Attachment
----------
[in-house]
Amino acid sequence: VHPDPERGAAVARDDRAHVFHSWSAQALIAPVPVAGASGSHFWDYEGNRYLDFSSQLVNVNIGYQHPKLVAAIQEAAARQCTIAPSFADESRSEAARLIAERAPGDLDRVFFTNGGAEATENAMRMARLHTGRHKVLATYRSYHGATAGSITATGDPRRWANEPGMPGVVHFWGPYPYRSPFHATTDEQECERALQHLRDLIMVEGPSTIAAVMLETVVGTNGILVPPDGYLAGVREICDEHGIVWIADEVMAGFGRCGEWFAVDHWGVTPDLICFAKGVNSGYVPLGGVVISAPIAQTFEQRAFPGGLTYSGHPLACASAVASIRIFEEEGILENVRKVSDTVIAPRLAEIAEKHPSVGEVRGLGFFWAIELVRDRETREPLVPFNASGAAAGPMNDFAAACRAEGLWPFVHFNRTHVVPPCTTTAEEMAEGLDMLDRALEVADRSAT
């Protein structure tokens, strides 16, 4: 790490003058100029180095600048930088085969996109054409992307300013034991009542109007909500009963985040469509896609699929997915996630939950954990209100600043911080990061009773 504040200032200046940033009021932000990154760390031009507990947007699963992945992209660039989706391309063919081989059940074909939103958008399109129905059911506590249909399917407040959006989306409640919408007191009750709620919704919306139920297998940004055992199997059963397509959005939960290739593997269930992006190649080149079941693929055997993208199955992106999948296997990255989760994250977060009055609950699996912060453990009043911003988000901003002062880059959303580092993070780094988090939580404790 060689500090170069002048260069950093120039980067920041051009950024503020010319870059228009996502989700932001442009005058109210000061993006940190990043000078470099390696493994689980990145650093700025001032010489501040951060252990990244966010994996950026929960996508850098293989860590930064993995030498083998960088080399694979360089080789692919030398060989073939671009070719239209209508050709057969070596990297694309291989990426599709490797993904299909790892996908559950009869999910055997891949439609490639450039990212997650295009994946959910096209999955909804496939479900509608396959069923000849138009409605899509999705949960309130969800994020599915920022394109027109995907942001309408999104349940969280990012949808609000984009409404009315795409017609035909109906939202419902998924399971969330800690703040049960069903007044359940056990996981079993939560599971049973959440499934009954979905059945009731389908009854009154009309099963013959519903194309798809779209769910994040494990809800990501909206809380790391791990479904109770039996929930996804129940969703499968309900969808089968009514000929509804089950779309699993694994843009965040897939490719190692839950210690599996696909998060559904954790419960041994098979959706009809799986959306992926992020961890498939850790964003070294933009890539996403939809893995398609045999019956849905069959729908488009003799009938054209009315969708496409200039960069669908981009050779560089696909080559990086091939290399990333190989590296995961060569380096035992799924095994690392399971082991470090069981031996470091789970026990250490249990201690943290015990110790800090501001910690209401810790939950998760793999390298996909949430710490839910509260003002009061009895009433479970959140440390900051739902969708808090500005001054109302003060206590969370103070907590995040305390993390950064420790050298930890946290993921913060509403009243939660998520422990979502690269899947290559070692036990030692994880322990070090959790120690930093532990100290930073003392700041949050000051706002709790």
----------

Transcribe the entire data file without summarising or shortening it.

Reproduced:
[in-house]
Amino acid sequence: VHPDPERGAAVARDDRAHVFHSWSAQALIAPVPVAGASGSHFWDYEGNRYLDFSSQLVNVNIGYQHPKLVAAIQEAAARQCTIAPSFADESRSEAARLIAERAPGDLDRVFFTNGGAEATENAMRMARLHTGRHKVLATYRSYHGATAGSITATGDPRRWANEPGMPGVVHFWGPYPYRSPFHATTDEQECERALQHLRDLIMVEGPSTIAAVMLETVVGTNGILVPPDGYLAGVREICDEHGIVWIADEVMAGFGRCGEWFAVDHWGVTPDLICFAKGVNSGYVPLGGVVISAPIAQTFEQRAFPGGLTYSGHPLACASAVASIRIFEEEGILENVRKVSDTVIAPRLAEIAEKHPSVGEVRGLGFFWAIELVRDRETREPLVPFNASGAAAGPMNDFAAACRAEGLWPFVHFNRTHVVPPCTTTAEEMAEGLDMLDRALEVADRSAT
């Protein structure tokens, strides 16, 4: 790490003058100029180095600048930088085969996109054409992307300013034991009542109007909500009963985040469509896609699929997915996630939950954990209100600043911080990061009773 504040200032200046940033009021932000990154760390031009507990947007699963992945992209660039989706391309063919081989059940074909939103958008399109129905059911506590249909399917407040959006989306409640919408007191009750709620919704919306139920297998940004055992199997059963397509959005939960290739593997269930992006190649080149079941693929055997993208199955992106999948296997990255989760994250977060009055609950699996912060453990009043911003988000901003002062880059959303580092993070780094988090939580404790 060689500090170069002048260069950093120039980067920041051009950024503020010319870059228009996502989700932001442009005058109210000061993006940190990043000078470099390696493994689980990145650093700025001032010489501040951060252990990244966010994996950026929960996508850098293989860590930064993995030498083998960088080399694979360089080789692919030398060989073939671009070719239209209508050709057969070596990297694309291989990426599709490797993904299909790892996908559950009869999910055997891949439609490639450039990212997650295009994946959910096209999955909804496939479900509608396959069923000849138009409605899509999705949960309130969800994020599915920022394109027109995907942001309408999104349940969280990012949808609000984009409404009315795409017609035909109906939202419902998924399971969330800690703040049960069903007044359940056990996981079993939560599971049973959440499934009954979905059945009731389908009854009154009309099963013959519903194309798809779209769910994040494990809800990501909206809380790391791990479904109770039996929930996804129940969703499968309900969808089968009514000929509804089950779309699993694994843009965040897939490719190692839950210690599996696909998060559904954790419960041994098979959706009809799986959306992926992020961890498939850790964003070294933009890539996403939809893995398609045999019956849905069959729908488009003799009938054209009315969708496409200039960069669908981009050779560089696909080559990086091939290399990333190989590296995961060569380096035992799924095994690392399971082991470090069981031996470091789970026990250490249990201690943290015990110790800090501001910690209401810790939950998760793999390298996909949430710490839910509260003002009061009895009433479970959140440390900051739902969708808090500005001054109302003060206590969370103070907590995040305390993390950064420790050298930890946290993921913060509403009243939660998520422990979502690269899947290559070692036990030692994880322990070090959790120690930093532990100290930073003392700041949050000051706002709790």